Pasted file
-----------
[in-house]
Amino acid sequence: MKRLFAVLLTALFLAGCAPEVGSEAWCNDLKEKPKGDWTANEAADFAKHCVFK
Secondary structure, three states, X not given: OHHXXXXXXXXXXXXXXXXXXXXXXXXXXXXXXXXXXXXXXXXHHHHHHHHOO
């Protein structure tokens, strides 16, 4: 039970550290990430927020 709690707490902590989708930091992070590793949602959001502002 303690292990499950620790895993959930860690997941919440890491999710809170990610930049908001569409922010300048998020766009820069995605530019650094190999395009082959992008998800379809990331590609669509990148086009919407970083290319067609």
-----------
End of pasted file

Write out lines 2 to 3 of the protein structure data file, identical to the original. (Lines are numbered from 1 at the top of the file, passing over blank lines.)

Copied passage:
Amino acid sequence: MKRLFAVLLTALFLAGCAPEVGSEAWCNDLKEKPKGDWTANEAADFAKHCVFK
Secondary structure, three states, X not given: OHHXXXXXXXXXXXXXXXXXXXXXXXXXXXXXXXXXXXXXXXXHHHHHHHHOO